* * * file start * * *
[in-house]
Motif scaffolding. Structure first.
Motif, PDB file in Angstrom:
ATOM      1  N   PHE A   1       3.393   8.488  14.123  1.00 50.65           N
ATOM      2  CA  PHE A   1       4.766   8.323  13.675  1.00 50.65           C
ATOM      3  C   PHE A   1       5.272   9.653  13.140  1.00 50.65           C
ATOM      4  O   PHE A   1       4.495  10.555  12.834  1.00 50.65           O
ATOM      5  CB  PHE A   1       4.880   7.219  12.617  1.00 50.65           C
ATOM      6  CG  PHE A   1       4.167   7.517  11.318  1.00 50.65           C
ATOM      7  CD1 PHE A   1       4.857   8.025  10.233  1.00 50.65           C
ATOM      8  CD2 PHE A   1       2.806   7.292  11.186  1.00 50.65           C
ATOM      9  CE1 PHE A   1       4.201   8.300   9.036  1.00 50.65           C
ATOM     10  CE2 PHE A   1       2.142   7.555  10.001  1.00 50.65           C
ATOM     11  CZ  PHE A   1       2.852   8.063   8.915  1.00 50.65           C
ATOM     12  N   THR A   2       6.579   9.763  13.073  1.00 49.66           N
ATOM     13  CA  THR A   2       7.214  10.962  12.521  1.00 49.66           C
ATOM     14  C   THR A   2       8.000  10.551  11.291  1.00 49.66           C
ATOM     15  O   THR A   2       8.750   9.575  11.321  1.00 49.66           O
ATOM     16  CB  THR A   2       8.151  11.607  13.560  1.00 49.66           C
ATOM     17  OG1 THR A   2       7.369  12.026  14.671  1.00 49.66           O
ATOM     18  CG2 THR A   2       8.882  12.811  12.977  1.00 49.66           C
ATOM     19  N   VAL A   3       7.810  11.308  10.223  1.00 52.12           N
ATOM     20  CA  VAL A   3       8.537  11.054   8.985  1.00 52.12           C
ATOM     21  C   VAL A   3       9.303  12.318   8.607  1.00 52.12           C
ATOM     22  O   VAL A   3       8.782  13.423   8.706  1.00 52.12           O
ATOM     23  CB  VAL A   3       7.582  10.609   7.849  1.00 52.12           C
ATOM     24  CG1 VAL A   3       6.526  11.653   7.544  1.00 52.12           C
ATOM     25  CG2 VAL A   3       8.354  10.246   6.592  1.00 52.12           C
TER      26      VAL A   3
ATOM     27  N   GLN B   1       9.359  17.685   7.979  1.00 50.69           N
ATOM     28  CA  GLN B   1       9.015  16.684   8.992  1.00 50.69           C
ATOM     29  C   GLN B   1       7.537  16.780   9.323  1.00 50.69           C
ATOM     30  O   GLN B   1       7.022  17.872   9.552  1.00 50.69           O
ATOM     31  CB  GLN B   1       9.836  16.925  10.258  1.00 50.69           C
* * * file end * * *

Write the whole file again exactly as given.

[in-house]
Motif scaffolding. Structure first.
Motif, PDB file in Angstrom:
ATOM      1  N   PHE A   1       3.393   8.488  14.123  1.00 50.65           N
ATOM      2  CA  PHE A   1       4.766   8.323  13.675  1.00 50.65           C
ATOM      3  C   PHE A   1       5.272   9.653  13.140  1.00 50.65           C
ATOM      4  O   PHE A   1       4.495  10.555  12.834  1.00 50.65           O
ATOM      5  CB  PHE A   1       4.880   7.219  12.617  1.00 50.65           C
ATOM      6  CG  PHE A   1       4.167   7.517  11.318  1.00 50.65           C
ATOM      7  CD1 PHE A   1       4.857   8.025  10.233  1.00 50.65           C
ATOM      8  CD2 PHE A   1       2.806   7.292  11.186  1.00 50.65           C
ATOM      9  CE1 PHE A   1       4.201   8.300   9.036  1.00 50.65           C
ATOM     10  CE2 PHE A   1       2.142   7.555  10.001  1.00 50.65           C
ATOM     11  CZ  PHE A   1       2.852   8.063   8.915  1.00 50.65           C
ATOM     12  N   THR A   2       6.579   9.763  13.073  1.00 49.66           N
ATOM     13  CA  THR A   2       7.214  10.962  12.521  1.00 49.66           C
ATOM     14  C   THR A   2       8.000  10.551  11.291  1.00 49.66           C
ATOM     15  O   THR A   2       8.750   9.575  11.321  1.00 49.66           O
ATOM     16  CB  THR A   2       8.151  11.607  13.560  1.00 49.66           C
ATOM     17  OG1 THR A   2       7.369  12.026  14.671  1.00 49.66           O
ATOM     18  CG2 THR A   2       8.882  12.811  12.977  1.00 49.66           C
ATOM     19  N   VAL A   3       7.810  11.308  10.223  1.00 52.12           N
ATOM     20  CA  VAL A   3       8.537  11.054   8.985  1.00 52.12           C
ATOM     21  C   VAL A   3       9.303  12.318   8.607  1.00 52.12           C
ATOM     22  O   VAL A   3       8.782  13.423   8.706  1.00 52.12           O
ATOM     23  CB  VAL A   3       7.582  10.609   7.849  1.00 52.12           C
ATOM     24  CG1 VAL A   3       6.526  11.653   7.544  1.00 52.12           C
ATOM     25  CG2 VAL A   3       8.354  10.246   6.592  1.00 52.12           C
TER      26      VAL A   3
ATOM     27  N   GLN B   1       9.359  17.685   7.979  1.00 50.69           N
ATOM     28  CA  GLN B   1       9.015  16.684   8.992  1.00 50.69           C
ATOM     29  C   GLN B   1       7.537  16.780   9.323  1.00 50.69           C
ATOM     30  O   GLN B   1       7.022  17.872   9.552  1.00 50.69           O
ATOM     31  CB  GLN B   1       9.836  16.925  10.258  1.00 50.69           C